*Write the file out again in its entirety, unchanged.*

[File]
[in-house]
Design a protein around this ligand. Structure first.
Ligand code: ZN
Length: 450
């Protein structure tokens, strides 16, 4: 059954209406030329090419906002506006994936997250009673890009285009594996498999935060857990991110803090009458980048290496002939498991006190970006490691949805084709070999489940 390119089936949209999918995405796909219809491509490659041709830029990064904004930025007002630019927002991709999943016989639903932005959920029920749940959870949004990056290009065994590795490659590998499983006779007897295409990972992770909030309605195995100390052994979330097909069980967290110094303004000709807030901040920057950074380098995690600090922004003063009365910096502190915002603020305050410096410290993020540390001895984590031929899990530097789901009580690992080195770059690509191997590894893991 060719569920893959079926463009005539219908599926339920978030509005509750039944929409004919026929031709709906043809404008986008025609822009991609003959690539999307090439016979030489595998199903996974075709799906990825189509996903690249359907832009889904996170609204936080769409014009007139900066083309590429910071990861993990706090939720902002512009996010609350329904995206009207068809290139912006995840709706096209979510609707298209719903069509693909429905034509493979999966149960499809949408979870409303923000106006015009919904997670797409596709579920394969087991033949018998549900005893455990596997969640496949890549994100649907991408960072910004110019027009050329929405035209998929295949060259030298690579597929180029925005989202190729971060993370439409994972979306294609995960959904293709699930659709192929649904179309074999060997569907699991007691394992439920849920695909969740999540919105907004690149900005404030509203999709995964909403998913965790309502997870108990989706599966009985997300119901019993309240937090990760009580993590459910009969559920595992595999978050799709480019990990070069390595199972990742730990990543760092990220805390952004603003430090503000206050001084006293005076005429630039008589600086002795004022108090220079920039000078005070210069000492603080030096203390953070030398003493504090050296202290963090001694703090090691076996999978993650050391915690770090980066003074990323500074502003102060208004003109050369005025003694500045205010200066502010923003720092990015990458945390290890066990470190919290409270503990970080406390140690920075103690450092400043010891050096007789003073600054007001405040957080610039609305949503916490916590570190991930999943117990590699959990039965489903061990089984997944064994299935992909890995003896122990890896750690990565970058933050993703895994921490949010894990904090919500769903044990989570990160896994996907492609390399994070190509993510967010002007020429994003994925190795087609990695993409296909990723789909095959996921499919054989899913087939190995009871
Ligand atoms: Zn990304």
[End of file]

[in-house]
Design a protein around this ligand. Structure first.
Ligand code: ZN
Length: 450
């Protein structure tokens, strides 16, 4: 059954209406030329090419906002506006994936997250009673890009285009594996498999935060857990991110803090009458980048290496002939498991006190970006490691949805084709070999489940 390119089936949209999918995405796909219809491509490659041709830029990064904004930025007002630019927002991709999943016989639903932005959920029920749940959870949004990056290009065994590795490659590998499983006779007897295409990972992770909030309605195995100390052994979330097909069980967290110094303004000709807030901040920057950074380098995690600090922004003063009365910096502190915002603020305050410096410290993020540390001895984590031929899990530097789901009580690992080195770059690509191997590894893991 060719569920893959079926463009005539219908599926339920978030509005509750039944929409004919026929031709709906043809404008986008025609822009991609003959690539999307090439016979030489595998199903996974075709799906990825189509996903690249359907832009889904996170609204936080769409014009007139900066083309590429910071990861993990706090939720902002512009996010609350329904995206009207068809290139912006995840709706096209979510609707298209719903069509693909429905034509493979999966149960499809949408979870409303923000106006015009919904997670797409596709579920394969087991033949018998549900005893455990596997969640496949890549994100649907991408960072910004110019027009050329929405035209998929295949060259030298690579597929180029925005989202190729971060993370439409994972979306294609995960959904293709699930659709192929649904179309074999060997569907699991007691394992439920849920695909969740999540919105907004690149900005404030509203999709995964909403998913965790309502997870108990989706599966009985997300119901019993309240937090990760009580993590459910009969559920595992595999978050799709480019990990070069390595199972990742730990990543760092990220805390952004603003430090503000206050001084006293005076005429630039008589600086002795004022108090220079920039000078005070210069000492603080030096203390953070030398003493504090050296202290963090001694703090090691076996999978993650050391915690770090980066003074990323500074502003102060208004003109050369005025003694500045205010200066502010923003720092990015990458945390290890066990470190919290409270503990970080406390140690920075103690450092400043010891050096007789003073600054007001405040957080610039609305949503916490916590570190991930999943117990590699959990039965489903061990089984997944064994299935992909890995003896122990890896750690990565970058933050993703895994921490949010894990904090919500769903044990989570990160896994996907492609390399994070190509993510967010002007020429994003994925190795087609990695993409296909990723789909095959996921499919054989899913087939190995009871
Ligand atoms: Zn990304």